Jeremy Deller, Sacrilege, 2012, FIAC Paris, Invalides

Sacrilege, 2012
Mixed media
Dimensions variable

Jeremy Deller defines himself as an “instigator of social interventions”: his works are often characterized by audience participation, his sculptures are social experiences in which performances, videos, and installations become places of exchange and aggregation. This was also the starting point for Sacrilege, originally created for the Glasgow International Festival of Visual Art, and later displayed in London on the occasion of the 2012 Olympics. With funding from Arts Council England Sacrilege travelled to different locations in the UK before being shown in London as part of CREATE and the London 2012 festival.

With the sense of humour that characterizes many of his projects, Deller transforms the Stonehenge monument into a giant inflatable toy for children, reproducing it in plastic and turning it into a funfair attraction 35 meters in diameter; the public is thus called upon to interact with the installation, to climb onto it, and to jump and play within it.

The effect is at once celebratory and sacrilegious, as the title, chosen by the artist in order to deflate any possible criticism, would suggest. With its unabashedly playful approach, Sacrilege is an invitation to reappraise one’s history and one’s own national identity, but it also offers a sarcastic comment on how these themes are often trivialized and exploited by nationalist and populist political agendas – a subject that is unfortunately of our moment.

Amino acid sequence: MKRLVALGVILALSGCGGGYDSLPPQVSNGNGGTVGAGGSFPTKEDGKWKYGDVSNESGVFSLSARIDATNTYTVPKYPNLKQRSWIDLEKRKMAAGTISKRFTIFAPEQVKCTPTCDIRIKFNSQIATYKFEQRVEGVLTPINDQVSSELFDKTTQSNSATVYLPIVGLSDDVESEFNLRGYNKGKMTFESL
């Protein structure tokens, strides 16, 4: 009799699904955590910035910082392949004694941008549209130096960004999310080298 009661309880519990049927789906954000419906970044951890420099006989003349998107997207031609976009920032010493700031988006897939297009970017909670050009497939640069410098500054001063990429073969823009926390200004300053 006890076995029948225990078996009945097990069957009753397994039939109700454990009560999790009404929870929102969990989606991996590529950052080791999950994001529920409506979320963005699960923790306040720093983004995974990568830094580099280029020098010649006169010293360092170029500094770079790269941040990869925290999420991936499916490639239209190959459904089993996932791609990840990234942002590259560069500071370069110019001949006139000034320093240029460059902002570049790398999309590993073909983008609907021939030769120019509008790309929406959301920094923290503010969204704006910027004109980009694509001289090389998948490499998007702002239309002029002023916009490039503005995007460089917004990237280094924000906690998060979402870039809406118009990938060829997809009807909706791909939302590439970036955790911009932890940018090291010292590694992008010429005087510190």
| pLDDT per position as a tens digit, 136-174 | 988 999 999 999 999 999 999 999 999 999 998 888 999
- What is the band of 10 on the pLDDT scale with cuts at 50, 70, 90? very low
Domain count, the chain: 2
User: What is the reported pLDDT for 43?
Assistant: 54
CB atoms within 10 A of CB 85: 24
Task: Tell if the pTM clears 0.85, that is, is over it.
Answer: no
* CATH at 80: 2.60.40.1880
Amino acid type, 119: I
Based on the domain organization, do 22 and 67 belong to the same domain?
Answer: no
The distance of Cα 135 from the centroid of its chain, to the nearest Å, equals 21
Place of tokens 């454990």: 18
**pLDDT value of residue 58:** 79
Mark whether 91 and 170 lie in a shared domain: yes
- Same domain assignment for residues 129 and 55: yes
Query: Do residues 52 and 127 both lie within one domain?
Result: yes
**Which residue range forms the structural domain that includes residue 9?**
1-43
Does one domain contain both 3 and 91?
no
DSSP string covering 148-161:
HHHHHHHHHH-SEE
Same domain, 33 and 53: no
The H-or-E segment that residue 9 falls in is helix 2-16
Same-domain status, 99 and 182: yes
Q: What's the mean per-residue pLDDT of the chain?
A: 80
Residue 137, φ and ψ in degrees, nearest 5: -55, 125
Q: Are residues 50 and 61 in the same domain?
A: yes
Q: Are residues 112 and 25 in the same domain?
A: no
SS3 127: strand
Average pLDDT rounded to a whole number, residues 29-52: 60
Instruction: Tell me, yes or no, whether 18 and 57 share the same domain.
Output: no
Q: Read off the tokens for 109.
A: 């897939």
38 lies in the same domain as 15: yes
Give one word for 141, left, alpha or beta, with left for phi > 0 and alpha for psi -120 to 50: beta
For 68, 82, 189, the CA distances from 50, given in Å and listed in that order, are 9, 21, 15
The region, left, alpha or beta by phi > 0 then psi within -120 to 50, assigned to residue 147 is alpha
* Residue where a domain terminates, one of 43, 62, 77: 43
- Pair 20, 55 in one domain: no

Sacrilege is playful and cheeky. The title is a way is to ward off any criticism—some will think that it is just that, a sacrilege, so why not call it that? One intended outcome is laughter, perhaps a few tears, and certainly enjoyment, though not necessarily in that order. For me at least it is also a nod to what I would call the “freak out” tendency in UK culture: Hawkwind, Bruce Lacey, and Ken Russell being its best exponents.” Jeremy Deller, in Art Forum, April 20, 2012

Jeremy Deller’s Stonehenge Anniversary Celebrations
Inclusion (1798), 2020. Contact print on barytine paper, 17 × 12 cm (6 ¾ × 4 ¾ in.)

This artwork is the result of a photographic montage between two texts, reunited by their common date of parution (1798). The montage is based on an insertion of the American ’Alien and Sedition Acts’ into Malthus’ famous Essay on the Principle of Population.

Malthus’ text is famous for putting, for the first time, natural resources (food) and population growth (in this case the poor) in relation for the first time.

The two interlocking texts, which play on the repetition of the motif of the textual block made illegible by the scale of the print (a film contact), are directly related only by their date, but their montage puts in tension two tendencies that are directly addressed to our time: a certain fear of the other as “impure”, withdrawal and the designation of a scapegoat, at the same time as the resurgence of solutions to reduce the world’s population as a salvation for humanity.

They are not interested in believing, right now they are interested in wanting to believe.
Their goal is to be on the path to it, even if the path leads to nothing.
They don’t know that the threat exists and will always have nothing to lose.
They are beautiful and alive:

Ulla von Brandenburg, Falten & Körper, Fisch (Plis & Corps, Poisson), 2017 fabric, chlorine, wood 98 x 57 1/8 in. and 18 7/8 x 95 1/4 x 24 3/4 in. Collection Frac Normandie Rouen.

Works acquired by the Frac Normandie Rouen in 2018, 2019 and 2020

Frac Normandie Rouen
3, place des Mar­tyrs-de-la-Ré­sis­tance
76300 Sot­te­ville-lès-Rouen

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